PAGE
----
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Specialist Chemicals for Single Cell Analysis

 

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Picodroplet microfluidics is rapidly becoming the technology of choice for high-throughput single cell analysis, providing an easy-to-use tool to isolate single cells in picolitre-volume, water-in-oil droplets (picodroplets), stabilized by a biocompatible surfactant layer. The use of an appropriate surfactant, emulating the function of phospholipid membranes in biological systems, is essential for efficient and robust picodroplet manipulation. This article explores novel multifunctional and biocompatible surfactants that create a uniquely protective environment to support cell viability and integrity during incubation and shield cells against shear stress during subsequent analysis.

 

 

High-throughput single cell analysis using picodroplet technology

Microfluidic systems based on picodroplet technology provide a high-throughput and sensitive method for performing quantitative screening assays at rates unachievable in conventional laboratory workflows (1). By encapsulating single cells in picoliter volume compartments, each picodroplet acts as a miniature ‘test tube’ in which single cells can be stored, incubated, and sorted for target events, then dispensed for further analysis. This picodroplet-based approach offers flexibility in assay design, enabling a broad spectrum of applications, including secreted proteins, isolating rare cells from large populations, improving yields of therapeutic antibodies, and undertaking genome-editing analysis at the single cell level.

The range of applications has expanded alongside improvements in surfactants. Surfactants maintain the stability of emulsions in different experimental conditions and for extended periods of time. When generating a picodroplet, the surfactant molecules rapidly arrange themselves on the surface of the picodroplet, creating a layer to stabilize the water and oil interface and reduce surface tension. The steric repulsion between the two interfacial layers mediated by surfactant molecules prevents aqueous picodroplets from fusing or breaking.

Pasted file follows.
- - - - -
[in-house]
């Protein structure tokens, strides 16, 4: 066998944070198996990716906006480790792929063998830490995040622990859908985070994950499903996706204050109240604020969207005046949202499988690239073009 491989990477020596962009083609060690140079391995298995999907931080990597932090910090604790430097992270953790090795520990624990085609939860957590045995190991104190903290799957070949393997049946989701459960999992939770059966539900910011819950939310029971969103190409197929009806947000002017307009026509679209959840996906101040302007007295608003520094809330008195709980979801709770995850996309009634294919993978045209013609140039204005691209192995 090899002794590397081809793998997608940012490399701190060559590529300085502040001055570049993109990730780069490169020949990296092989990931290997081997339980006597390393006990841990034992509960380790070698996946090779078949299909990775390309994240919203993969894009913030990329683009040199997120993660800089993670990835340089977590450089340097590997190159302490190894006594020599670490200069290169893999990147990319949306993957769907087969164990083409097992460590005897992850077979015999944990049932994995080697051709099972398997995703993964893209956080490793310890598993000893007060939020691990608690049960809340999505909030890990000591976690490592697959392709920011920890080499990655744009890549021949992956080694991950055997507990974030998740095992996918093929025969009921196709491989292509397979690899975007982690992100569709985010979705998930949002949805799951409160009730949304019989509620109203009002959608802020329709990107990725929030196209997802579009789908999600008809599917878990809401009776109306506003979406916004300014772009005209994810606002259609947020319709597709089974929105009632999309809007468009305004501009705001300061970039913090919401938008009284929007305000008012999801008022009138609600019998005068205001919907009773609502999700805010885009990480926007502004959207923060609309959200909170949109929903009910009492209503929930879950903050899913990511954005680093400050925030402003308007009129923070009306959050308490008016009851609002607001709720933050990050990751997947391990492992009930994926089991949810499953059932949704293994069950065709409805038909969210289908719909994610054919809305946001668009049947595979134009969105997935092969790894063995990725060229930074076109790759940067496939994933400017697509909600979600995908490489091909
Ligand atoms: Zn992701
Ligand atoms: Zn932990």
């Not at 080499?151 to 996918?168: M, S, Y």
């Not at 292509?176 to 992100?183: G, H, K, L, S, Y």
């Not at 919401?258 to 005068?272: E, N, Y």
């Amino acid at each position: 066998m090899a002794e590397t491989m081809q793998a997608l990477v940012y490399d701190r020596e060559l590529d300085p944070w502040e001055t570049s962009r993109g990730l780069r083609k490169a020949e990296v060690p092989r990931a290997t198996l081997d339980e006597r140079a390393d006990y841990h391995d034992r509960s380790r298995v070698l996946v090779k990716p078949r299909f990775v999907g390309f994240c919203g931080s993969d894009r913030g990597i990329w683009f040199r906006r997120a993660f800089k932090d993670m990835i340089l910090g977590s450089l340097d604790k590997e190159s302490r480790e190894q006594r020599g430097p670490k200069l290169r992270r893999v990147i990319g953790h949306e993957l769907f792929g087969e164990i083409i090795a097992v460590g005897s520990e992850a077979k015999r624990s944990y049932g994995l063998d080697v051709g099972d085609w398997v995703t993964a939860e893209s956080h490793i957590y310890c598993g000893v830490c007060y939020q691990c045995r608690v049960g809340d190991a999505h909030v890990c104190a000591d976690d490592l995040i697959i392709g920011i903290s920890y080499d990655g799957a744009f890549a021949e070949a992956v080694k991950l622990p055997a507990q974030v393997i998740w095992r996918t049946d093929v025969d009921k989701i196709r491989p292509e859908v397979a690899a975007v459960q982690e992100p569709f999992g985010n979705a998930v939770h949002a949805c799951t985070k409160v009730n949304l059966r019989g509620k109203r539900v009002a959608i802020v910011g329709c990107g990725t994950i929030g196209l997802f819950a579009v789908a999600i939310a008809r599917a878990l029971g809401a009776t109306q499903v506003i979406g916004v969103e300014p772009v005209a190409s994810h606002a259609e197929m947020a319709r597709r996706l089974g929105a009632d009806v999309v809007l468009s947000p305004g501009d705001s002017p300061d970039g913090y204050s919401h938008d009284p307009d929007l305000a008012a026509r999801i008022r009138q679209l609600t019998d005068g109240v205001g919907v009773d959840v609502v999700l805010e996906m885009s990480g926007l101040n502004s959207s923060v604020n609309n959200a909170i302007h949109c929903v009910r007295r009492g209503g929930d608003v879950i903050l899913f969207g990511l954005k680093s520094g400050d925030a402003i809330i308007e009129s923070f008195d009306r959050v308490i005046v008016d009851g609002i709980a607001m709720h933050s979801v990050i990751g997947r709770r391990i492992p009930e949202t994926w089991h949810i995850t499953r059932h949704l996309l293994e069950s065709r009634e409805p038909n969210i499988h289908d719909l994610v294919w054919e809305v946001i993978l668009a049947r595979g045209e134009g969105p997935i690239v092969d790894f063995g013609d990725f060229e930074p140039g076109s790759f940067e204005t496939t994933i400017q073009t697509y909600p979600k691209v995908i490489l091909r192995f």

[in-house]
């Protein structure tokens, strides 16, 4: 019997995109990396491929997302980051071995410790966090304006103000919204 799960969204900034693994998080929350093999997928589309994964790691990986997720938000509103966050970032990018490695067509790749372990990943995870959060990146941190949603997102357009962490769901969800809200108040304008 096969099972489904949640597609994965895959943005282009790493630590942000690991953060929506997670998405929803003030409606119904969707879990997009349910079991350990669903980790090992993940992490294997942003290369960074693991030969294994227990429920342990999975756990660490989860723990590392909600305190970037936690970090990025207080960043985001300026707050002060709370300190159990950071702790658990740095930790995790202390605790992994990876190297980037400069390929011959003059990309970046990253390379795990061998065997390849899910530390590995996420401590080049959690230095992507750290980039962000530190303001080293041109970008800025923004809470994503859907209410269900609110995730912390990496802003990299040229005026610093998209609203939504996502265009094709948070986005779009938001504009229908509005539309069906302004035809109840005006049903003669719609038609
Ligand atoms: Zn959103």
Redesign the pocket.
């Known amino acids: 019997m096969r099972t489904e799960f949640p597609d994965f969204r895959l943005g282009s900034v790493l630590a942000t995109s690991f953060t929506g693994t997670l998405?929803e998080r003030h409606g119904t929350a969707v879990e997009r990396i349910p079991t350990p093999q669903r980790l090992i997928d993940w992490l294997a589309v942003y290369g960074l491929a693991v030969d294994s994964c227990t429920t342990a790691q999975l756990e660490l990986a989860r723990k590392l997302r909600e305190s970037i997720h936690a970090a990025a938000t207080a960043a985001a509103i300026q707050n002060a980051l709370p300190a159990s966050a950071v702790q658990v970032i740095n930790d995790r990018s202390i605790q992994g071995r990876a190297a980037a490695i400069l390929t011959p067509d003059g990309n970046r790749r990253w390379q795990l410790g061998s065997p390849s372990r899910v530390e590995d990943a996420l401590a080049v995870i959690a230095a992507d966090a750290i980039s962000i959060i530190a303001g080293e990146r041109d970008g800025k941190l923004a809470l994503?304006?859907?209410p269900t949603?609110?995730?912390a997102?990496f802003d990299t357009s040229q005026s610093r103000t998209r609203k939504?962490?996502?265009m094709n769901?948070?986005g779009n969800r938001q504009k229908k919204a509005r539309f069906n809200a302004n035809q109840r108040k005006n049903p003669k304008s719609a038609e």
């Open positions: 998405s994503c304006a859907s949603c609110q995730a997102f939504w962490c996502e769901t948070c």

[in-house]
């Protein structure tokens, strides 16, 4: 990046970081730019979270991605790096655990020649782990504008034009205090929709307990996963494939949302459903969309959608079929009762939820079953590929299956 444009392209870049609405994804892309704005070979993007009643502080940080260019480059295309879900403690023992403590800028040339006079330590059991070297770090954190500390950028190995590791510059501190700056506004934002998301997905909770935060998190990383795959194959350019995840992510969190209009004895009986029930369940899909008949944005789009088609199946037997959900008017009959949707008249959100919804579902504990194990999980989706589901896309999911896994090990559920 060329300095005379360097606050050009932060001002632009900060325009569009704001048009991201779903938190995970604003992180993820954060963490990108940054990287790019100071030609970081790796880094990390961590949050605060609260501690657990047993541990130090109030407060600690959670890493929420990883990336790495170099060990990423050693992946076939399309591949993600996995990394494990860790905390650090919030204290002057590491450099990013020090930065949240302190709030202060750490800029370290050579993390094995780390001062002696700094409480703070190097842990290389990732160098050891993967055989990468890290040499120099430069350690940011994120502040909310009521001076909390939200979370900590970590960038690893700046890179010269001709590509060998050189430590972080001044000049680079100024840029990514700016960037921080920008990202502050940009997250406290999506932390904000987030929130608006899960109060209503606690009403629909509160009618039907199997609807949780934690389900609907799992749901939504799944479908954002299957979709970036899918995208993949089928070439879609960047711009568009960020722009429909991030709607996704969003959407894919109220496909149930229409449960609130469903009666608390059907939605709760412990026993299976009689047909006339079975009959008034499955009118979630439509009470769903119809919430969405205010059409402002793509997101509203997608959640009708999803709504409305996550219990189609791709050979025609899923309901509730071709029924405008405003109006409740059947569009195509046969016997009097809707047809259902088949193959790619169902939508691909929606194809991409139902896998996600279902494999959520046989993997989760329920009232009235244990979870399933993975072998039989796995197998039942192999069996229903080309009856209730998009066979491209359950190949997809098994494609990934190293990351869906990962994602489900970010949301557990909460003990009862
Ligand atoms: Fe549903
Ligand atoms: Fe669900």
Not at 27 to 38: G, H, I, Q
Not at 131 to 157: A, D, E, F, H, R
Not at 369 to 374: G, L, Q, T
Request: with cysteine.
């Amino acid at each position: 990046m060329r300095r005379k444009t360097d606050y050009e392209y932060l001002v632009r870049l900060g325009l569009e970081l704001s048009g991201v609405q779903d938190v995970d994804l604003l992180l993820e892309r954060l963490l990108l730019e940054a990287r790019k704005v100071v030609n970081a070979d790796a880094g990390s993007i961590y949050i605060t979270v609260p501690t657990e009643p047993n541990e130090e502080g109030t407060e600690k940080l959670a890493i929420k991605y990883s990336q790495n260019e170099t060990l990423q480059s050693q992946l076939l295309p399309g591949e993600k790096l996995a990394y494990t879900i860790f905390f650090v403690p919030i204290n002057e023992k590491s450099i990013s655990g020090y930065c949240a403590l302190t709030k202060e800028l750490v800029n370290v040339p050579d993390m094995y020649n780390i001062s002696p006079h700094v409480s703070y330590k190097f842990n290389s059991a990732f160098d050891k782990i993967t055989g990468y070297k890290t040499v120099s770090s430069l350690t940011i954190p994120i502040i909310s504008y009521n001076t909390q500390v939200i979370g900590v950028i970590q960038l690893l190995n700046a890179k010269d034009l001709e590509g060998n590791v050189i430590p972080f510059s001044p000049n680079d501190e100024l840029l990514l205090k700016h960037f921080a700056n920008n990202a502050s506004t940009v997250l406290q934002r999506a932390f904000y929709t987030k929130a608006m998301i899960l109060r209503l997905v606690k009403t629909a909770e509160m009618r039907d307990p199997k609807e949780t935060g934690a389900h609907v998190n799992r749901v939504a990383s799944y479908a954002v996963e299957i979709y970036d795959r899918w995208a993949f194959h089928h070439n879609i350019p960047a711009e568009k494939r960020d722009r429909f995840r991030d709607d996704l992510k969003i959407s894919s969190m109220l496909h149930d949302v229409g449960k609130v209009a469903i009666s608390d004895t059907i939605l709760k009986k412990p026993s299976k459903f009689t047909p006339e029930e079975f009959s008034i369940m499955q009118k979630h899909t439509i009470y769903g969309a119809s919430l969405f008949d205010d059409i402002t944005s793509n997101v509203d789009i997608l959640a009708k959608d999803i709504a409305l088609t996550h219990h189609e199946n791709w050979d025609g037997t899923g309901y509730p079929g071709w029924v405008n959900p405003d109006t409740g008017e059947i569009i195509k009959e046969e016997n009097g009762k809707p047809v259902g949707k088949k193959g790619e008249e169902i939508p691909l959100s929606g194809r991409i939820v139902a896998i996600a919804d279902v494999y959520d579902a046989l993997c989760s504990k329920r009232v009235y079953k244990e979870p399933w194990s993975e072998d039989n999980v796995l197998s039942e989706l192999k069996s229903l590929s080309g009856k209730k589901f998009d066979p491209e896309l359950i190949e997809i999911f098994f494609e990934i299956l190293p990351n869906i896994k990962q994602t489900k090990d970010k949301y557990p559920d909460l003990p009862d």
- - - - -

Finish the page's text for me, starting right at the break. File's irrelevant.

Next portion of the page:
When selecting an appropriate surfactant for single cell analysis, the surfactant must also be non-ionic, providing an inert and biocompatible water-oil interface that allows enhanced gas exchange. Ionic biocompatible surfactants are also available, but they are generally not as good as non-ionic surfactants. The surfactant must also maintain picodroplet stability during elevated temperatures and multistep experimental workflows where picodroplets are stored, reinjected, incubated and undergo various other manipulations.

 

Efficient picodroplet stabilization using Pico-Surf™

Novel multifunctional and biocompatible fluorosurfactants have been developed and commercialized to meet these needs. For example, Pico-Surf™, composed of a unique molecular structure and robust fluorophilic moiety/hydrophilic moiety ratio, is a high-quality surfactant that offers several advantages over conventional surfactants (2). In a study testing five different commercially available surfactants, Pico-Surf™ demonstrated the highest picodroplet stability, consistent reliability, stability at high temperatures, and the lowest voltage for sorting.

Figure 1 shows that Pico-Surf™, has the lowest end point interfacial tension (IFT) and Critical Micelle Concentration, supporting greater picodroplet stability compared to other available surfactants. Stability at high temperatures is another key advantage. Figure 2 confirms that the novel fluorosurfactant offers the generation of robust, stable picodroplets following 95°C temperature treatments, providing more reliable results compared to other commercial surfactants. Additionally, it requires the lowest voltage for picodroplet sorting, which supports improved cell viability as high voltages can potentially damage picodroplets and their valuable contents.

 

Figure1 Pico-Surf2

Figure 1. The comparative interfacial tensions (IFTs) of comparable commercially available surfactants.

 

Figure2 Pico-Surf

Figure 2. Depiction of picodroplets generated using comparable commercially available surfactants, following high temperature treatment up to 95°C.